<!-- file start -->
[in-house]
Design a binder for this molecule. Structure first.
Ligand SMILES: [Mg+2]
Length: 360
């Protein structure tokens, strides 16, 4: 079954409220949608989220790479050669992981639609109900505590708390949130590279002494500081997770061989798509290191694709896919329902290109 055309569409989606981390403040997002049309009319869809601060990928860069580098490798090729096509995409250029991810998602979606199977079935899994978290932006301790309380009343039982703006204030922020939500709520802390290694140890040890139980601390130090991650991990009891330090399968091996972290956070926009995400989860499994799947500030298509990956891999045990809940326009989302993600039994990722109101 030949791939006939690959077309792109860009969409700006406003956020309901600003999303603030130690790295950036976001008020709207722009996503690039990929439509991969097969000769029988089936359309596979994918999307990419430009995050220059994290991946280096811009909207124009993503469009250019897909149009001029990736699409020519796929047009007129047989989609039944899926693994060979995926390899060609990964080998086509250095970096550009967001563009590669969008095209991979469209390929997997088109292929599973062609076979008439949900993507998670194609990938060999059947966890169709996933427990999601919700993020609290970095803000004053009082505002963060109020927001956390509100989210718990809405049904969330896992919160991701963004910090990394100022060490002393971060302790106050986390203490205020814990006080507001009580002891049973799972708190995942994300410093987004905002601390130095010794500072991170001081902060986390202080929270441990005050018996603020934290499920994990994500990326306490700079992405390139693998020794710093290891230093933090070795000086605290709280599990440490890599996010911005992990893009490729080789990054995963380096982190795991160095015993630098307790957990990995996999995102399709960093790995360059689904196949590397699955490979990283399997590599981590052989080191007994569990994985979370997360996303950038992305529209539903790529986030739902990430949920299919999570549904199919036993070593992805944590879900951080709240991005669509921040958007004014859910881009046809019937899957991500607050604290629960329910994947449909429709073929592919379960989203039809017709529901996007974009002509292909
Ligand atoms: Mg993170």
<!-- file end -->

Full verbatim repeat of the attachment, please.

[in-house]
Design a binder for this molecule. Structure first.
Ligand SMILES: [Mg+2]
Length: 360
């Protein structure tokens, strides 16, 4: 079954409220949608989220790479050669992981639609109900505590708390949130590279002494500081997770061989798509290191694709896919329902290109 055309569409989606981390403040997002049309009319869809601060990928860069580098490798090729096509995409250029991810998602979606199977079935899994978290932006301790309380009343039982703006204030922020939500709520802390290694140890040890139980601390130090991650991990009891330090399968091996972290956070926009995400989860499994799947500030298509990956891999045990809940326009989302993600039994990722109101 030949791939006939690959077309792109860009969409700006406003956020309901600003999303603030130690790295950036976001008020709207722009996503690039990929439509991969097969000769029988089936359309596979994918999307990419430009995050220059994290991946280096811009909207124009993503469009250019897909149009001029990736699409020519796929047009007129047989989609039944899926693994060979995926390899060609990964080998086509250095970096550009967001563009590669969008095209991979469209390929997997088109292929599973062609076979008439949900993507998670194609990938060999059947966890169709996933427990999601919700993020609290970095803000004053009082505002963060109020927001956390509100989210718990809405049904969330896992919160991701963004910090990394100022060490002393971060302790106050986390203490205020814990006080507001009580002891049973799972708190995942994300410093987004905002601390130095010794500072991170001081902060986390202080929270441990005050018996603020934290499920994990994500990326306490700079992405390139693998020794710093290891230093933090070795000086605290709280599990440490890599996010911005992990893009490729080789990054995963380096982190795991160095015993630098307790957990990995996999995102399709960093790995360059689904196949590397699955490979990283399997590599981590052989080191007994569990994985979370997360996303950038992305529209539903790529986030739902990430949920299919999570549904199919036993070593992805944590879900951080709240991005669509921040958007004014859910881009046809019937899957991500607050604290629960329910994947449909429709073929592919379960989203039809017709529901996007974009002509292909
Ligand atoms: Mg993170």